Flowering clematis vines (Clematis spp.) produce an abundance of brightly colored blooms in U.S. Department of Agriculture plant hardiness zones 3 through 11. Clematises are generally low-maintenance plants but can come under attack from various garden pests. They're susceptible to aphids, soft-bodied insects that consume the sap coursing through the plant. Aphids can be easily controlled.
1. Aphids Identification and Damage
Aphids are all-too-common garden pests that pierce the tender portions of plants to consume the phloem sap. Aphids are tiny and may have a waxy or woolly coating covering their pear-shaped bodies. Even though most adult aphids are wingless, a few species have a winged form. As the aphids feed on the clematis, the leaves begin to yellow, wilt, distort and fall from the plant. Aphids also secrete honeydew, which encourages the growth of sooty mold. Sooty mold is a fungus that rarely causes serious damage to the clematis but can negatively affect the look of the plant and -- in extreme cases -- interfere with photosynthesis.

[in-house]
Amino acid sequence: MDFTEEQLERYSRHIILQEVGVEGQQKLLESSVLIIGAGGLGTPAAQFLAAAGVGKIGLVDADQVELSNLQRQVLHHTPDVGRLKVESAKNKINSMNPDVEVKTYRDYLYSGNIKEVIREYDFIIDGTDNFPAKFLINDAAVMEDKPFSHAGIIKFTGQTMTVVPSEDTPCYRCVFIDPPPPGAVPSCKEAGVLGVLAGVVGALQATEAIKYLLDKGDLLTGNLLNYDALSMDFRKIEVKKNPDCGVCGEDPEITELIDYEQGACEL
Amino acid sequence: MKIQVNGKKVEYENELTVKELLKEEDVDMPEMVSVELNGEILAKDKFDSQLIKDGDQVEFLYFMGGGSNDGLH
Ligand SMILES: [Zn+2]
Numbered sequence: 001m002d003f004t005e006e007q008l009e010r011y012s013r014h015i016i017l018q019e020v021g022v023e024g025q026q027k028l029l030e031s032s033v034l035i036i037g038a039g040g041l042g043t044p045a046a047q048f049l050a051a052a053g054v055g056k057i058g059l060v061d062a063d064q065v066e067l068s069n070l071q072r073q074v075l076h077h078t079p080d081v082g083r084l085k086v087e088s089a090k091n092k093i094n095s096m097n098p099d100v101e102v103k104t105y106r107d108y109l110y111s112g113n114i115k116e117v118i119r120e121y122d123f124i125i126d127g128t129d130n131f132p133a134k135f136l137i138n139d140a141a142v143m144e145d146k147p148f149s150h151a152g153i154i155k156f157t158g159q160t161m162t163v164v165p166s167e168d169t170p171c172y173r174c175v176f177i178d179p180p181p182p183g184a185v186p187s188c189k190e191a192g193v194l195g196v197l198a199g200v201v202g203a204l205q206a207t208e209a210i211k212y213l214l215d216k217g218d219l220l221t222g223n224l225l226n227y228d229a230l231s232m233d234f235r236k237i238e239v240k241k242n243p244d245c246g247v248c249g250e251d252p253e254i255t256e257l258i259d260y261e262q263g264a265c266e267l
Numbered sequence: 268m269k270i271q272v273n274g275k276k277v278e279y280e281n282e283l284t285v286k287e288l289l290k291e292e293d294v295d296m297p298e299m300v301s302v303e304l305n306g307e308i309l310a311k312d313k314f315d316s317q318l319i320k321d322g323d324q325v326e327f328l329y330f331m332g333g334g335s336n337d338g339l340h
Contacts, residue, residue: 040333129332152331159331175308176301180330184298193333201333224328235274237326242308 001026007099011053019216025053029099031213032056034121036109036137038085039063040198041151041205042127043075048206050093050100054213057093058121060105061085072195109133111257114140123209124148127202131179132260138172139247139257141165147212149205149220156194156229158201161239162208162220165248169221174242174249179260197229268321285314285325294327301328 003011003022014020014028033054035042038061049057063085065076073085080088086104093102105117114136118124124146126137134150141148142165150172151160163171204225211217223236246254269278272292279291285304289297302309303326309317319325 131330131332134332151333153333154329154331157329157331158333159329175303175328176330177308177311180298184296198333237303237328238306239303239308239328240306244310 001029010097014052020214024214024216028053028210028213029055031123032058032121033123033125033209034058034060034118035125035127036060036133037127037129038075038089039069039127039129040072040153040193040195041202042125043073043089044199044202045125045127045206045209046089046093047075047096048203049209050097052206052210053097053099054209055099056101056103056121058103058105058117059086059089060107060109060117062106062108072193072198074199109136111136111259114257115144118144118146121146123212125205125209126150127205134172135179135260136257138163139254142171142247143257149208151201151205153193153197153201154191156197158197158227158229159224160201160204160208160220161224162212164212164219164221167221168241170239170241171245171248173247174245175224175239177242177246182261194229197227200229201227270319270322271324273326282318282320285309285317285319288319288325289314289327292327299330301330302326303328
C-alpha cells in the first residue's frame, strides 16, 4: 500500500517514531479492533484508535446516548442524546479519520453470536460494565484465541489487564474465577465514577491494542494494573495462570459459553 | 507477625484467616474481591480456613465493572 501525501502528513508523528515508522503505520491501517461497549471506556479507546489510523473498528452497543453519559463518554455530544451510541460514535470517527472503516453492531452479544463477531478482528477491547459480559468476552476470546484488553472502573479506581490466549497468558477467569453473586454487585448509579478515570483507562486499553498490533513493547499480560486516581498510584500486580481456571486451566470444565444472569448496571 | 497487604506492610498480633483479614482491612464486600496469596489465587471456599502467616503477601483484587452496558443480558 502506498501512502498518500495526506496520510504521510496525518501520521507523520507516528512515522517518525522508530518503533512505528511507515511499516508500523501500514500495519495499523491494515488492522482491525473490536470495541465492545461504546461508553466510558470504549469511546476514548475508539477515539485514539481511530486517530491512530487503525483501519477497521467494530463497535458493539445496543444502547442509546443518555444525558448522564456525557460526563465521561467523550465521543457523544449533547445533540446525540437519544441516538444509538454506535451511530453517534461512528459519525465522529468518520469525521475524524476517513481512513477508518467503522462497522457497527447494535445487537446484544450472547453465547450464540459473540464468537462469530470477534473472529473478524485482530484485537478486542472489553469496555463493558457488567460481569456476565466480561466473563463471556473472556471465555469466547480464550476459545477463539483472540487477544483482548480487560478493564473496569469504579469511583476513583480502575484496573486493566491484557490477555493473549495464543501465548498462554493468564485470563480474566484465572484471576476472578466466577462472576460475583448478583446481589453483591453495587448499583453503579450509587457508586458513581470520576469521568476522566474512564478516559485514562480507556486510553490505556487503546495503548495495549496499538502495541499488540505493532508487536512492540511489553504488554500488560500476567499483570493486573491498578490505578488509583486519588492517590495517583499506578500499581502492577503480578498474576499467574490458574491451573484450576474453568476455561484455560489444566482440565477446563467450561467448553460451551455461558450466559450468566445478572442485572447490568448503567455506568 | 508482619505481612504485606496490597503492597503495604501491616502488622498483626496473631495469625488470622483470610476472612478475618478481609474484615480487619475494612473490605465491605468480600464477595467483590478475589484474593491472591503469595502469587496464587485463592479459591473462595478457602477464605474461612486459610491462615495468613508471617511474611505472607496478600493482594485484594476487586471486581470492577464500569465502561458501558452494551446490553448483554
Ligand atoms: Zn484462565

2. Predatory Insects
Predatory insects that feed on aphids will naturally keep their numbers in check. An aphid outbreak typically occurs when something -- such as pesticides -- disrupts the life cycle of these natural enemies. Growing certain plants in your garden will attract these predatory insects back to the area. Fragrant annual herbs -- such as dill (Anethum graveolens) -- and flowering perennials -- such as yarrow (Achillea filipendulina), which grows in U.S. Department of Agriculture plant hardiness zones 2 through 9 -- attract various species of beneficial insects that prey on aphids.
3. Cultural Control
Good care goes a long way in keeping a clematis free of aphids and other pests. Avoid over-fertilizing clematis, water it correctly and keep the ground near and around the plant free of debris. Removing all weeds growing near the clematis will also help prevent aphids because the pests hide in weeds.
In most cases, insecticides are not necessary unless the aphids severely damage the clematis. Plant-based neem oil works on aphids and is an organic pesticide. Most neem oil insecticides require diluting with water at a rate of 1 ounce per 1 gallon of water. Follow the directions on the bottle for rates and application methods. Once you have diluted the insecticide, put it in a spray bottle or garden sprayer and thoroughly cover the foliage of the clematis with the solution, making sure not to forget about the undersides of the leaves. Wear gloves, long sleeves and long pants when using neem oil. Treat again after seven to 14 days if you still see aphids.
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